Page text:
Well, when you say "accept projects," I just want to be clear that it's not that people handed me things, it's—
No, no. I mean commit. When you commit—
—to a particular project.
Well, that's something I think about quite a lot. It's a great question. Because there is almost an infinite number of things you could be doing.
So the filters that I very often put things through are significance; is this a really important question or fundamental phenomenon? Is this knowledge really important and needed? More and more, is there a kind of clinical translational payoff? Can somebody really benefit from something like this? There has to be—again, going back to continuum mechanics, if there's a modeling framework or if there's a experimental framework that could be well established, that's very important. Or could we build new instruments or invent new things that would help us get there?
Collaborators is also important. I mean, you can't do everything yourself. So are there people out there whom you can work with who are trusted, whom you could develop a research relationship with? I guess there are a lot of things that I've done that are obviously not in my comfort zone. So I'm not always thinking about—
—gee, whether—like with NMR, candidly, I had taken a high-resolution class with Ted Becker, but I didn't know anything really at that point about MRI. And I just jumped into it 'cause it seemed like such a beautiful problem, so interesting. I figured I could figure it out. But I actually have a list of—it must be about 10 pages long, single spaced—things that I want to work on that I probably—most of them will never get to.
And another thing that I do is I keep looking at that list, and I've been doing it less and less, but I used to look at that list and see which things I really wanted to focus on. And the good problems kept on bubbling up to the top.
And I kept looking, gee, is that a great problem? Is that something I should be working on? Fred Abernathy, who was one of my mentors at Harvard, a fluid mechanician, said “the question is critical.” And he understood that you could start working on something, it may not be such a great problem, but you end up working on it and 10 years later you're still working on this not-so-great problem. So I look a lot at the question, significance, importance, possible impact; is it a fundamental problem? Could it go in many different directions? Can I assemble the resources to work on this? A lot of things come to mind.
And so the next level of that question, asking about how you commit to a project in the beginning, is what are the feedback mechanisms that let you know that the project that you're working on is worth continuing, that it's going in the direction that you want it to go and that it continues to deserve the resources that you're putting into it? Or, alternatively, when do you know—if this has ever happened to you—when do you jump ship because there's other stuff to work on and you kinda hit a wall with this?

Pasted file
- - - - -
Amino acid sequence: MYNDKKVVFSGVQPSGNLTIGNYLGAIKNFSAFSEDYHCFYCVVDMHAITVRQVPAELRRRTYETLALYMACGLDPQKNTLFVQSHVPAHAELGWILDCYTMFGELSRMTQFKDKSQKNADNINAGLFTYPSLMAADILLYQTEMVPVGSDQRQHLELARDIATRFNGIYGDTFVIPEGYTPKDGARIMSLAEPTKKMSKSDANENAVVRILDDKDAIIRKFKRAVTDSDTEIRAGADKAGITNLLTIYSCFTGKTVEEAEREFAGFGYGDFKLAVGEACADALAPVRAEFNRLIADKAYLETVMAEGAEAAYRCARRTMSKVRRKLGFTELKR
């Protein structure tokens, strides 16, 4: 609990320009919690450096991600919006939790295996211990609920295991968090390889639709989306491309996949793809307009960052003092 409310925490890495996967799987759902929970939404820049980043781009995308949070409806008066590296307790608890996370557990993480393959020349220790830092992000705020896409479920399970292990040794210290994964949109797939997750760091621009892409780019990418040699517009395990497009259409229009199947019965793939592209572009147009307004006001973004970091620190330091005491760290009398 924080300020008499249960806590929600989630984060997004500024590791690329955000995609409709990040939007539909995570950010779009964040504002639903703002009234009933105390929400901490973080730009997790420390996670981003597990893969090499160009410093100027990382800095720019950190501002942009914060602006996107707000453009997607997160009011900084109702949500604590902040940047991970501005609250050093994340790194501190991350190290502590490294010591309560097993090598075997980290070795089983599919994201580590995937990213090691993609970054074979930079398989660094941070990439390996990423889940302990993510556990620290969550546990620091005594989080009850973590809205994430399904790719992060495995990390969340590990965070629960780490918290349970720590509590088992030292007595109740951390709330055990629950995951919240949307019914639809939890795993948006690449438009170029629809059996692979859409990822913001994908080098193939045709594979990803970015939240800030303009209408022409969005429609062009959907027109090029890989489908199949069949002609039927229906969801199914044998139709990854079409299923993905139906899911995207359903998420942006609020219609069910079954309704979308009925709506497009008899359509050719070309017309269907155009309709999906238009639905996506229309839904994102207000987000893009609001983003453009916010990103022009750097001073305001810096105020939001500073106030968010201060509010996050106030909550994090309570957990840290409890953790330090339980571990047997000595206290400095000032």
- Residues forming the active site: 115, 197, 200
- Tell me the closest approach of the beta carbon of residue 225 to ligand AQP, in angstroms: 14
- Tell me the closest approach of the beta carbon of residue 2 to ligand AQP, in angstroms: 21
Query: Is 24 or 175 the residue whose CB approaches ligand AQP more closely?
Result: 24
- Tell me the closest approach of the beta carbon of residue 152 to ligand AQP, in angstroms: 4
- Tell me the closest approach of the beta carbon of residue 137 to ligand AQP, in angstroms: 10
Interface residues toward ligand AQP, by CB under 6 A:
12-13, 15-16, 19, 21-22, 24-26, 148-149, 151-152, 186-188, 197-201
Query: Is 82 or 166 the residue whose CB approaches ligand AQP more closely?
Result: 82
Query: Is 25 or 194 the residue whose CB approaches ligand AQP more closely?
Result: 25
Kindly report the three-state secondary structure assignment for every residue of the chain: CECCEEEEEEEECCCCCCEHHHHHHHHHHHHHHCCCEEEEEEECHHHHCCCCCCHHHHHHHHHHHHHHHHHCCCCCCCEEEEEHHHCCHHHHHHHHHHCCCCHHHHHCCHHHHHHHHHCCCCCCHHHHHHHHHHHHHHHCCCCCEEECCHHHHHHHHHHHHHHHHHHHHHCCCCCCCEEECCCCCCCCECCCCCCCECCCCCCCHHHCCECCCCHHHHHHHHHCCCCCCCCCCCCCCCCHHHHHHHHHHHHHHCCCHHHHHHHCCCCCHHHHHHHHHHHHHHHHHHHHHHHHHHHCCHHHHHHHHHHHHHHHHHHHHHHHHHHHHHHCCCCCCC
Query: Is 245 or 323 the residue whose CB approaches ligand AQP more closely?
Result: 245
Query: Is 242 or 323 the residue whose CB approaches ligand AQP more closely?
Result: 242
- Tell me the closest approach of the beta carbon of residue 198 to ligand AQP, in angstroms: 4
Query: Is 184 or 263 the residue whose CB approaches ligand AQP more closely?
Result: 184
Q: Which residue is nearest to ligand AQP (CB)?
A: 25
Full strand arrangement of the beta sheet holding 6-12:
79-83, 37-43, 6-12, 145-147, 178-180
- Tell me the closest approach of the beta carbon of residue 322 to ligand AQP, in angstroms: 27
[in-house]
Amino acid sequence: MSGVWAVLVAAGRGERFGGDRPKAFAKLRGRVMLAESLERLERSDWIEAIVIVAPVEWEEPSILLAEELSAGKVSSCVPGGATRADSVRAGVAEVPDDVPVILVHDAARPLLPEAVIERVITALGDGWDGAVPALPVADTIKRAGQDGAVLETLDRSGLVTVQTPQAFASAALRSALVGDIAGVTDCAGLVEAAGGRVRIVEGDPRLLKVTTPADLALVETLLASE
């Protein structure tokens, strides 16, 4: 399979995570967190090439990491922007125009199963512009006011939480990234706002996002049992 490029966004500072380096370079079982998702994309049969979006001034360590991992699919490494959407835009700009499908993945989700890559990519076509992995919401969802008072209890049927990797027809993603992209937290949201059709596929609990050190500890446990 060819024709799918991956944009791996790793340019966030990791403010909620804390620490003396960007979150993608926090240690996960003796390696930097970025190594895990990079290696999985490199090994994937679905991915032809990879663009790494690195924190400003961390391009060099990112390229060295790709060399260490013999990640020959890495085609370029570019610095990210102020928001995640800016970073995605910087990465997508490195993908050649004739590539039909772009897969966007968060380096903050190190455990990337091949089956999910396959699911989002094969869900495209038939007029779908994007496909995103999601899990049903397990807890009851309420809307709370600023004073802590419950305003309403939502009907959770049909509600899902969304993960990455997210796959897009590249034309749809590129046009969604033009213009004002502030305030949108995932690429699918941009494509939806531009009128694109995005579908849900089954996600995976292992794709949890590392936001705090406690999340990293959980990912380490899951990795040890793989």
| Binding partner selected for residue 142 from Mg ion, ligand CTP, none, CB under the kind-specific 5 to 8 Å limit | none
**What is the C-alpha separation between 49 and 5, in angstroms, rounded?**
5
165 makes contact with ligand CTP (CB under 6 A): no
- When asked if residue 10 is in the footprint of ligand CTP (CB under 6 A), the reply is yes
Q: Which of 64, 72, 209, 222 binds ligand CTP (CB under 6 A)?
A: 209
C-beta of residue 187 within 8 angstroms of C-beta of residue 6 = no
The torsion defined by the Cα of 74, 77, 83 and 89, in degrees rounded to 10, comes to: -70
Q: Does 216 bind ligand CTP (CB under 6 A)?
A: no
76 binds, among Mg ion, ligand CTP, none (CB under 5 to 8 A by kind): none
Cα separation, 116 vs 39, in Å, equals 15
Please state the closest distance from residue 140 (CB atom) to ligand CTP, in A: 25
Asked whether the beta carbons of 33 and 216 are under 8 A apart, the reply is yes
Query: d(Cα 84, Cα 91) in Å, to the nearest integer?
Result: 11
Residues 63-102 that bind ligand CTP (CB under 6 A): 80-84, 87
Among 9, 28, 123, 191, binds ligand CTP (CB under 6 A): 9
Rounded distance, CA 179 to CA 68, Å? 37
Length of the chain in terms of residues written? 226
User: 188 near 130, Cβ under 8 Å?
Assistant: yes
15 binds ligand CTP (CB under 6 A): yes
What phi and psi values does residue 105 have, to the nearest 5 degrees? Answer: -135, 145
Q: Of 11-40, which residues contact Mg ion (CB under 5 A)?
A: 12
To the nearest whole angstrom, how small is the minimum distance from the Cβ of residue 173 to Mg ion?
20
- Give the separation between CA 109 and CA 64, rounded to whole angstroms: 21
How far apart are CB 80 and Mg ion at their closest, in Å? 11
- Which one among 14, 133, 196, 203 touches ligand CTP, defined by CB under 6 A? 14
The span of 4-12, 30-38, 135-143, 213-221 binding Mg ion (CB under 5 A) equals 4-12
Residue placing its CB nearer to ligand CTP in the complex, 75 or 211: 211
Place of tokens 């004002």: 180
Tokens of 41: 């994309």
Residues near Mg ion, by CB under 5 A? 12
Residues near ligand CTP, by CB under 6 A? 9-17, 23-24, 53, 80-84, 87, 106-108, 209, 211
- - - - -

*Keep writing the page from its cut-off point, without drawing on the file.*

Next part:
Well, I'm a very stubborn individual.
I mean, I think of it as being persistent, but some people might call me stubborn. I keep subjecting the work that we're doing to the same kind of questions about significance and importance. And once you start doing something, it's easy to do--if you've done N things in that area--to do the N + 1th task sometimes doesn't require a lot of energy. But I am looking around at other things that we could work on. I think reinvented the lab and myself a few times in the last two decades. Now, for instance, we're working on pushing the envelope in NMR to look at objects that are much smaller than people thought that we could probe with conventional displacement imaging methods. And I think that that's a hugely important problem and could have great impact in cell biology, and even in subcellular biology problems, looking at organelles, … looking at mitochondria.
So I've turned the ship to work on problems that are more along those lines, and have not continued developments in some of the more mature areas that are going on their own. That's another thing you have to consider. Sometimes you do something, and a lot of labs pick up what you've been doing, and you don't have to continue to work in that area.
The work gets continued, and sometimes in strange and beautiful ways. And you don't have to keep controlling everything that comes out. So I would say I am looking forward still towards possibly important findings and developing important methods, inventing new stuff. I get a little restless sometimes—I like to invent stuff. I like to develop, make new measurements, and that's always fun to do. And if I can think of something, that's a nice way to spend my time, obviously!?.
So this might be a difficult question given how diverse your research interests are, but I wonder, if you could reflect from the beginning of your career to now, what is something that jumps out at you that you truly feel like you understand now that you didn't when you started?
You mean a physical process or—
Or just the way the human body works, physical process, something that was really mysterious you just didn't get, and now you feel like you really understand what's going on, you really have a handle on it.
You know, I'd have to think about that. Nothing really comes to mind. I mean, as I've worked on problems, I've come to understand better the framework around them and have been able to see things maybe from a 30,000-foot perspective. But I'm not sure I can answer that one right now.